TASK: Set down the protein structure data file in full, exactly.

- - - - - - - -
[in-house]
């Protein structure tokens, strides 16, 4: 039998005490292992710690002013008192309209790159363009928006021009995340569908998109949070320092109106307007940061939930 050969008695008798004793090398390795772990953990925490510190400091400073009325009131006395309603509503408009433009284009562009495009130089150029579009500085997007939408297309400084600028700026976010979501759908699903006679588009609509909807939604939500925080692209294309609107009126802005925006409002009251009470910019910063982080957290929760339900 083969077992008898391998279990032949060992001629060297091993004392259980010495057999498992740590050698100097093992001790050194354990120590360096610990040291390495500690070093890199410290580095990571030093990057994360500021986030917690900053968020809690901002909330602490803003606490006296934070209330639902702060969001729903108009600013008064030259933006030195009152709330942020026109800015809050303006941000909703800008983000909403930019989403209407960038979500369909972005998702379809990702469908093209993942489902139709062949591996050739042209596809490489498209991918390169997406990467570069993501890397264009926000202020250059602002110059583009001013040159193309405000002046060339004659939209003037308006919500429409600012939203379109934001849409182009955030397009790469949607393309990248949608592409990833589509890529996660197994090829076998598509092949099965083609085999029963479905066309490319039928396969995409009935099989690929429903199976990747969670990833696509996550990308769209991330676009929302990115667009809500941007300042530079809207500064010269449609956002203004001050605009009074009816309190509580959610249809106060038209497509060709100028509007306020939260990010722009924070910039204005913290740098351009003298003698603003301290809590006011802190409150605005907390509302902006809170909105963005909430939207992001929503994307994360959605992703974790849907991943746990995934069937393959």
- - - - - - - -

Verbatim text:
[in-house]
């Protein structure tokens, strides 16, 4: 039998005490292992710690002013008192309209790159363009928006021009995340569908998109949070320092109106307007940061939930 050969008695008798004793090398390795772990953990925490510190400091400073009325009131006395309603509503408009433009284009562009495009130089150029579009500085997007939408297309400084600028700026976010979501759908699903006679588009609509909807939604939500925080692209294309609107009126802005925006409002009251009470910019910063982080957290929760339900 083969077992008898391998279990032949060992001629060297091993004392259980010495057999498992740590050698100097093992001790050194354990120590360096610990040291390495500690070093890199410290580095990571030093990057994360500021986030917690900053968020809690901002909330602490803003606490006296934070209330639902702060969001729903108009600013008064030259933006030195009152709330942020026109800015809050303006941000909703800008983000909403930019989403209407960038979500369909972005998702379809990702469908093209993942489902139709062949591996050739042209596809490489498209991918390169997406990467570069993501890397264009926000202020250059602002110059583009001013040159193309405000002046060339004659939209003037308006919500429409600012939203379109934001849409182009955030397009790469949607393309990248949608592409990833589509890529996660197994090829076998598509092949099965083609085999029963479905066309490319039928396969995409009935099989690929429903199976990747969670990833696509996550990308769209991330676009929302990115667009809500941007300042530079809207500064010269449609956002203004001050605009009074009816309190509580959610249809106060038209497509060709100028509007306020939260990010722009924070910039204005913290740098351009003298003698603003301290809590006011802190409150605005907390509302902006809170909105963005909430939207992001929503994307994360959605992703974790849907991943746990995934069937393959």